When I was barely a teenager, Popular Electronics ran their famous “Altair” article. I had just started learning about computers and I was mesmerized. The idea that you might be able to buy a computer and have it in your home just boggled my mind. I don’t know what I thought I’d do with it, but I wanted one.
The problem was they were about $400 and even that was with little or no memory and certainly not with a terminal or other interface. In those days, $400 might as well have been a million to me. So I drooled over the Altair catalog (which I still have) and read every Popular Electronics article.
I’d eventually go on to build an 1802 (and I’ve written about that before). But I’ve always wanted an Altair.
I guess I’m not the only one. Someone is now producing pretty The PCBs are a little more modern, but the ICs are original period ICs. So far, the only ones available are on eBay, but the Web site promises to actually sell them soon. Pricing is “probably” less than $1700. Hmm… I still can’t afford an Altair. I wonder what my wife would tell me if I spent $1700 on “another computer” — and one that doesn’t do anything she’d appreciate at that!
But I know how hard it is to put a kit on the market, and that’s a big kit with hard to find parts. So I don’t blame the vendor for the price tag. If I were single (or if I wanted to be single again), I’d buy one in a flash.
I was reading the other day and it made me think of the various computers I’ve owned. A homebrew COSMAC Elf (1802), a TRS-80 model 3, a Data General Nova 1200 Jumbo (yes, I had it my garage for years), and a slew of PCs and other lesser computers.
Makes me a little sad, however. My kids will simply recall which PCs they owned. I don’t think any of my kids have any recollection of anything less than a Pentium! While PCs today are very exciting, I can’t help but wonder if most of the upcoming generation will never know the thrill of interfacing a to a computer (yes, I had one of those too).
I once spent some time wandering in a mall and saw a booth offering “computerized handwriting analysis.” The box was full of blinking lights and there was a slot with some buttons underneath but no keyboard or screen (this was back in the late 70s, so the general public wouldn’t find that odd). Upon receipt of a dollar, the man would take a slip of paper that you’d written on, fit it to the slot, push a button and you’d hear mechanical clacking as the machine sucked up the paper. When the paper emerged again, it had some “fortune cookie” saying on it.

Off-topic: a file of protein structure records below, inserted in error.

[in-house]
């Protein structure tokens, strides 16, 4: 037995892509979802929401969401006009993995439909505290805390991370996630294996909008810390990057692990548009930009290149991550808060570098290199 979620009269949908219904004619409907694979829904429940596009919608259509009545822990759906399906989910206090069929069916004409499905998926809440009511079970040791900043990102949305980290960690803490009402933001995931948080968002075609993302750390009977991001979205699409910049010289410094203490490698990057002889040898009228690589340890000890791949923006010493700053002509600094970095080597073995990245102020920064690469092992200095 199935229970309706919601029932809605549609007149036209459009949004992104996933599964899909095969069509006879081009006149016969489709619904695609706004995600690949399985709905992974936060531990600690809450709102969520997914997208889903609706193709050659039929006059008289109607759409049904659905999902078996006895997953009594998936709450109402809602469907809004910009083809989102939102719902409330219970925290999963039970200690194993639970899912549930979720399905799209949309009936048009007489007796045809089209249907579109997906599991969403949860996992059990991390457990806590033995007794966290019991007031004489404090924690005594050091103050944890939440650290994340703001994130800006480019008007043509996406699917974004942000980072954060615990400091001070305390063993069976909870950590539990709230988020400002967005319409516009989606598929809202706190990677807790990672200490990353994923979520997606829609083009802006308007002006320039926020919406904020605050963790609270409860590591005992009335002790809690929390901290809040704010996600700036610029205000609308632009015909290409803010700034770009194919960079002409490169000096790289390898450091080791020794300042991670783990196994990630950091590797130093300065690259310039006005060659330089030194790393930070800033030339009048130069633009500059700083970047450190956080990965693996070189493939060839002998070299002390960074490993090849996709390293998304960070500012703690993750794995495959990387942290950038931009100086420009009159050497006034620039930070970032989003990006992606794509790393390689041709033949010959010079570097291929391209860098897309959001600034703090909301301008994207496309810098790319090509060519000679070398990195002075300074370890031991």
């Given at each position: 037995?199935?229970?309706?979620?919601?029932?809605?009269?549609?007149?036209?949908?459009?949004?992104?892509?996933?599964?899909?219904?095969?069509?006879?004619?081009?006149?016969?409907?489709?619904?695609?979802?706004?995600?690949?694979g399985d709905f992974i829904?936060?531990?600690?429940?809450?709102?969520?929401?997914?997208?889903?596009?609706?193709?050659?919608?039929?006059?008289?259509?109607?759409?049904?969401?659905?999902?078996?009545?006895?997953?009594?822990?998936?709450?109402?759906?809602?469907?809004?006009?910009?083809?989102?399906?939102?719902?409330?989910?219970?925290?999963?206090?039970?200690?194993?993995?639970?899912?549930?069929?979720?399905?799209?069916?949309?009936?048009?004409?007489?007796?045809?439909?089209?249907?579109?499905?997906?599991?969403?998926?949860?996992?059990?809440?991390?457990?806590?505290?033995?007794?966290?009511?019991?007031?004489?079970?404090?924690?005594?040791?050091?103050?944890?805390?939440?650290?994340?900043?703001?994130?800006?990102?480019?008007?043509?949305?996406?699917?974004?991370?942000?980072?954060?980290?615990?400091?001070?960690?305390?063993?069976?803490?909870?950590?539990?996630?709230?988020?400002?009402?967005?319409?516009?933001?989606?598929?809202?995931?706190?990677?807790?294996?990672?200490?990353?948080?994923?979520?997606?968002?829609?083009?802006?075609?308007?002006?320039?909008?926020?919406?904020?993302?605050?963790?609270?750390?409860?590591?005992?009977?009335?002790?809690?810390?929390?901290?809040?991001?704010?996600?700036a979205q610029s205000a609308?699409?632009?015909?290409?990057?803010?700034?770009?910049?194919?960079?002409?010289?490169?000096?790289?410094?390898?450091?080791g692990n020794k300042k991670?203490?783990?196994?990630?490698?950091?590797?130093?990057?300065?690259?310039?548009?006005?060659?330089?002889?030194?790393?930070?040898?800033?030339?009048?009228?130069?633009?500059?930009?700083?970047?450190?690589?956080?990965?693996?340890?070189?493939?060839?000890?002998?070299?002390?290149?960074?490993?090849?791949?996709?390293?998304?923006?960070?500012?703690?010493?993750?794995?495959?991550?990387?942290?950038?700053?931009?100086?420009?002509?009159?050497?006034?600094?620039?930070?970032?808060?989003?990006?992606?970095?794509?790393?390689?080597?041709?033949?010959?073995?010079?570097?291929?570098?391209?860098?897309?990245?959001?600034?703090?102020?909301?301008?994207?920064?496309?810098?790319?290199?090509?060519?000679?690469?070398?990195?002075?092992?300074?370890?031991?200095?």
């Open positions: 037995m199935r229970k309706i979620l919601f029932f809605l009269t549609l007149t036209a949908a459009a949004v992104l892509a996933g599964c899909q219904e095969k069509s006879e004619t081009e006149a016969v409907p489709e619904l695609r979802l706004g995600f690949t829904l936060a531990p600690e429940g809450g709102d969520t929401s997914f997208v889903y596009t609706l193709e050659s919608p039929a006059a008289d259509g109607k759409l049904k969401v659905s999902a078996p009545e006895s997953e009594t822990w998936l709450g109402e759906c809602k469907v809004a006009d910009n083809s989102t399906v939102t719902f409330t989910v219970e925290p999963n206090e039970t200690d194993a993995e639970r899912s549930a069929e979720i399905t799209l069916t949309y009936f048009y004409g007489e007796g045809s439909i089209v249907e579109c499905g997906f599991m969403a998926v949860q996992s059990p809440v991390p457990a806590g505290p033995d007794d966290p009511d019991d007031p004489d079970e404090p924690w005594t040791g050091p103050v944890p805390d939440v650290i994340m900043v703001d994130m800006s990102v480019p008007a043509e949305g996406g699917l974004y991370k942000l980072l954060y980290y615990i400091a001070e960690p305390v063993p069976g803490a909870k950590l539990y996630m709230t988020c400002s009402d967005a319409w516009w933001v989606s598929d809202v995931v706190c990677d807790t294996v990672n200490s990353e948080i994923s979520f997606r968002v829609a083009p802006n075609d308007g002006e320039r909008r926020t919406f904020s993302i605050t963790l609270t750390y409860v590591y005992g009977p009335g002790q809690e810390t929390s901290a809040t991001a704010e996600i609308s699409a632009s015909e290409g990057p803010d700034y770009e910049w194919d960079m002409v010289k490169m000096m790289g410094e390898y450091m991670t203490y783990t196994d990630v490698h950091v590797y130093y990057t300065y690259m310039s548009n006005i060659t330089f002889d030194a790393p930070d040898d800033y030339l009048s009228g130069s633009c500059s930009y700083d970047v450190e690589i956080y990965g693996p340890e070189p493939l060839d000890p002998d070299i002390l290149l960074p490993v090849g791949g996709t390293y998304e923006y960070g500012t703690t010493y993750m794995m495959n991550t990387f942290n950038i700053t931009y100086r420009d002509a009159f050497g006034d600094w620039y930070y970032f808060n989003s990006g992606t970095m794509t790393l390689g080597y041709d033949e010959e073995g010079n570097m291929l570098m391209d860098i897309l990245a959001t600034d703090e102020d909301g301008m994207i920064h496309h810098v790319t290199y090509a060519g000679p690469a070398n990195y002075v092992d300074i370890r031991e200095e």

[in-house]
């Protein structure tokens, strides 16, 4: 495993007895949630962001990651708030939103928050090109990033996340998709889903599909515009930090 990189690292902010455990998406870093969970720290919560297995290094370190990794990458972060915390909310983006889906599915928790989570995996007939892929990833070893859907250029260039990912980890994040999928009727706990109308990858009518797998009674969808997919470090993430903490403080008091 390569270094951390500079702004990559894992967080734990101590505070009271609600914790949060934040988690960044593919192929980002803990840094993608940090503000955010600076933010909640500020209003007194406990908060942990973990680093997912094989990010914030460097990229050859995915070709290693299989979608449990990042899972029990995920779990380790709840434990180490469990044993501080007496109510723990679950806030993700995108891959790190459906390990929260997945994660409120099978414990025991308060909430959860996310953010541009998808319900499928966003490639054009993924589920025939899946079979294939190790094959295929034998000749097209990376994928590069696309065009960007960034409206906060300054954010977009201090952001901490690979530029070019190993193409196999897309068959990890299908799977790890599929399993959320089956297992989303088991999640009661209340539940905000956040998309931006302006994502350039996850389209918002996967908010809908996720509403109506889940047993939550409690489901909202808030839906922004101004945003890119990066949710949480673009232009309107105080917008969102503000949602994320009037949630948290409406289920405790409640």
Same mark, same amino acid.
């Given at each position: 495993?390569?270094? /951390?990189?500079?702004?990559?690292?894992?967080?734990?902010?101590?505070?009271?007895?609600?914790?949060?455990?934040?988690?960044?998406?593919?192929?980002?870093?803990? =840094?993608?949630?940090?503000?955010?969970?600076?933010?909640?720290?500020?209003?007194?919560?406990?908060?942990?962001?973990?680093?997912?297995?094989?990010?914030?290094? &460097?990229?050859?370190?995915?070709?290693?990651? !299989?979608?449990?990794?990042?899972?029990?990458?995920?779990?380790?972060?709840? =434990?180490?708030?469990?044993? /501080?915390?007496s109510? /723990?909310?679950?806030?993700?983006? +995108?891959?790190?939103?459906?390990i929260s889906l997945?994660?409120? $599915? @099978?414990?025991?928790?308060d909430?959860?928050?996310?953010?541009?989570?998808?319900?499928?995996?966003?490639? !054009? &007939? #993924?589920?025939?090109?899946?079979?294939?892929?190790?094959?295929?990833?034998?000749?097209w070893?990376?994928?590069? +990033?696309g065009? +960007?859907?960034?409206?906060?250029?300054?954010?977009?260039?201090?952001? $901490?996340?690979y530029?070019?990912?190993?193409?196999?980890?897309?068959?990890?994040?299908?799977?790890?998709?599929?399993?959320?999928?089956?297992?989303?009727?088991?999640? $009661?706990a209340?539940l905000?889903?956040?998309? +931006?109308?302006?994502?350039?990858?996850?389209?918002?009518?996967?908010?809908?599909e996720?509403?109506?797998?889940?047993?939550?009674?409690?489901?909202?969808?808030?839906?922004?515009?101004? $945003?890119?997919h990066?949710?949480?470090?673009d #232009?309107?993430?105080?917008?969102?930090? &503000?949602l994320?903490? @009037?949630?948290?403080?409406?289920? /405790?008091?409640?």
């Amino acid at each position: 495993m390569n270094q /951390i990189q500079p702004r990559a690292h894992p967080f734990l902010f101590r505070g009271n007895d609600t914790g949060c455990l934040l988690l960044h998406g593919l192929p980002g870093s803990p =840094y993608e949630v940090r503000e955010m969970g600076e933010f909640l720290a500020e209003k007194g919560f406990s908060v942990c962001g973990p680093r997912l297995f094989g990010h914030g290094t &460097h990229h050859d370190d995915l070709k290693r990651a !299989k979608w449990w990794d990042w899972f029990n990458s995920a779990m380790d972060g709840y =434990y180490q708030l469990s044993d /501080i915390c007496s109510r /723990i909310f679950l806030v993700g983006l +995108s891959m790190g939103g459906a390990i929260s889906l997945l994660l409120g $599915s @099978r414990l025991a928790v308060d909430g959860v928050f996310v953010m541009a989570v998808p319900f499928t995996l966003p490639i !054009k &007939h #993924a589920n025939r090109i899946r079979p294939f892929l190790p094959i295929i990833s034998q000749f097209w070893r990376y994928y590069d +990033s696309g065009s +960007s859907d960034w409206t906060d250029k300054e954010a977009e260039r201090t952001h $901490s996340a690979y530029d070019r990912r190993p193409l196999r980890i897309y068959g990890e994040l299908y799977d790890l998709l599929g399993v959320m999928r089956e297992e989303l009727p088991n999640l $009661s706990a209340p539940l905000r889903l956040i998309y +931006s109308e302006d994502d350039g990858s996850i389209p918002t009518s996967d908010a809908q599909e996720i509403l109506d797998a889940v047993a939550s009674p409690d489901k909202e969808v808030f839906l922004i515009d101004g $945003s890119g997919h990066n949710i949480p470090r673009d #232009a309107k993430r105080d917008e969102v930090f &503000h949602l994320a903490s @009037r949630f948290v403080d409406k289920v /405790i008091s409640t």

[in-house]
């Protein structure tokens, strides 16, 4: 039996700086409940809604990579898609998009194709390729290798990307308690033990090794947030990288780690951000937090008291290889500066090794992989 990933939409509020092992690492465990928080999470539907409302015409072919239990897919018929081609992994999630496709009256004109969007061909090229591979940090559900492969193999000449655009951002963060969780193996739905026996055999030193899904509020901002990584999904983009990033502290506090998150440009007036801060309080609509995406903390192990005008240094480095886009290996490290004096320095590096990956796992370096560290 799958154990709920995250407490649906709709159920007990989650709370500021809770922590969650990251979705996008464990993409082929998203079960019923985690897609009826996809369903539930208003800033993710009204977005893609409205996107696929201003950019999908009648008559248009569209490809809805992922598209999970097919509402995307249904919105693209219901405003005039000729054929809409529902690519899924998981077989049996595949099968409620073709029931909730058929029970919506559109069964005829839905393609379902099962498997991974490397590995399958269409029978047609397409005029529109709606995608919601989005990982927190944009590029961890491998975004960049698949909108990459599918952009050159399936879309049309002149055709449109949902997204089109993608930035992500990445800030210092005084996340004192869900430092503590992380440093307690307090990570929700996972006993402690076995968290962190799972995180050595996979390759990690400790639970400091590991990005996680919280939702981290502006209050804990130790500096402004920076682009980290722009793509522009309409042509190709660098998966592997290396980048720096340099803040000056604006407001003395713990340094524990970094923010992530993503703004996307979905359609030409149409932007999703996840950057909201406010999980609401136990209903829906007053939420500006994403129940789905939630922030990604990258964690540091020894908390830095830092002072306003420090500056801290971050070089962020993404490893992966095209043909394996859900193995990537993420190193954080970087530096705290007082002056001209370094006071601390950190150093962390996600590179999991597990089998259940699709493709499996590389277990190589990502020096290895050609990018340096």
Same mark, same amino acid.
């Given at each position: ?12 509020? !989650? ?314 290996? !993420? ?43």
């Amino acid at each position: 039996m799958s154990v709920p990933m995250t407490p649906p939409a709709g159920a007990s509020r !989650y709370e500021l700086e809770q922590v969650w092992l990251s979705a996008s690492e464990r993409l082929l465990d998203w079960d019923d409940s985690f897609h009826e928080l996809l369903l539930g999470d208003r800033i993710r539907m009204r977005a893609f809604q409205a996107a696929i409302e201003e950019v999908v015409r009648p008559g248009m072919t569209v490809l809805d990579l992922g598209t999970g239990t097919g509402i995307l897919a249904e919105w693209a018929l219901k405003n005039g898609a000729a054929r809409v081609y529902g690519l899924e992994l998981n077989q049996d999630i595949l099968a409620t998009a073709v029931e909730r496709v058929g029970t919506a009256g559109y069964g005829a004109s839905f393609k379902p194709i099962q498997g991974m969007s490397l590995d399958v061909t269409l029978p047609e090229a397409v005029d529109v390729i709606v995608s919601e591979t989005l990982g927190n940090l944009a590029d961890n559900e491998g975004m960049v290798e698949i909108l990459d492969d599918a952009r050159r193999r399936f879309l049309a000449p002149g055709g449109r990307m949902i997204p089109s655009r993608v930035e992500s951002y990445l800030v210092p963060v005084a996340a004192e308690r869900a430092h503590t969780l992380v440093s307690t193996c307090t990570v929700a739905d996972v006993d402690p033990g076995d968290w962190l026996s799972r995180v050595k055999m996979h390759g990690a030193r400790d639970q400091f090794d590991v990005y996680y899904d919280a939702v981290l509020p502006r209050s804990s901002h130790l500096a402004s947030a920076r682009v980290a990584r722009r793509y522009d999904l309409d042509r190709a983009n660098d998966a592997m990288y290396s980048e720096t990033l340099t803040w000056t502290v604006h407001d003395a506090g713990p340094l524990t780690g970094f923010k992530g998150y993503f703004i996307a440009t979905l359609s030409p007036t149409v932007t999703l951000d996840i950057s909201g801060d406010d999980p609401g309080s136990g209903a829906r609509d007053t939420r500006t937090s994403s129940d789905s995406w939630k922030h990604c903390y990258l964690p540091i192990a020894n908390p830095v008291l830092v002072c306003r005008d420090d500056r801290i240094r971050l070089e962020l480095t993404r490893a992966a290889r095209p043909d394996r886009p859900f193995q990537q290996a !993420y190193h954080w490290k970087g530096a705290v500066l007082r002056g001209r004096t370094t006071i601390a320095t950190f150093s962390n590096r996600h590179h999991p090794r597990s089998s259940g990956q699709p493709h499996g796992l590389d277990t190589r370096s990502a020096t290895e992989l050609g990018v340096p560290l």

I kept studying the machine from a distance, certain it looked familiar. Suddenly it hit me. The machine was a hood covering a Flexowriter! Beneath the hood was an endless loop of paper tape with a few “cookies” surrounded by line feeds and ending with a stop code. So when you put the paper in and pressed “read tape” the platen would turn, a message would print and the paper would eject out the other side until the stop code was read at which point the tape was positioned for the next victim–um, customer.
Those days, I suppose, are long gone.
Ever wanted to try programming an IBM 360? Well now your little PC can simulate big iron. The simulator, Hercules, will run MVS which is apparently freely available, or it can run other mainframe software that you have licenses for. There is a pretty active user community, and the emulator’s support is broad enough that it looks like you can do real work on it. I doubt your PC will keep up with the latest multiprocessor 3090, but it is faster than your typical 70’s era 360 (although maybe not as much available DASD — maybe).
Check it out at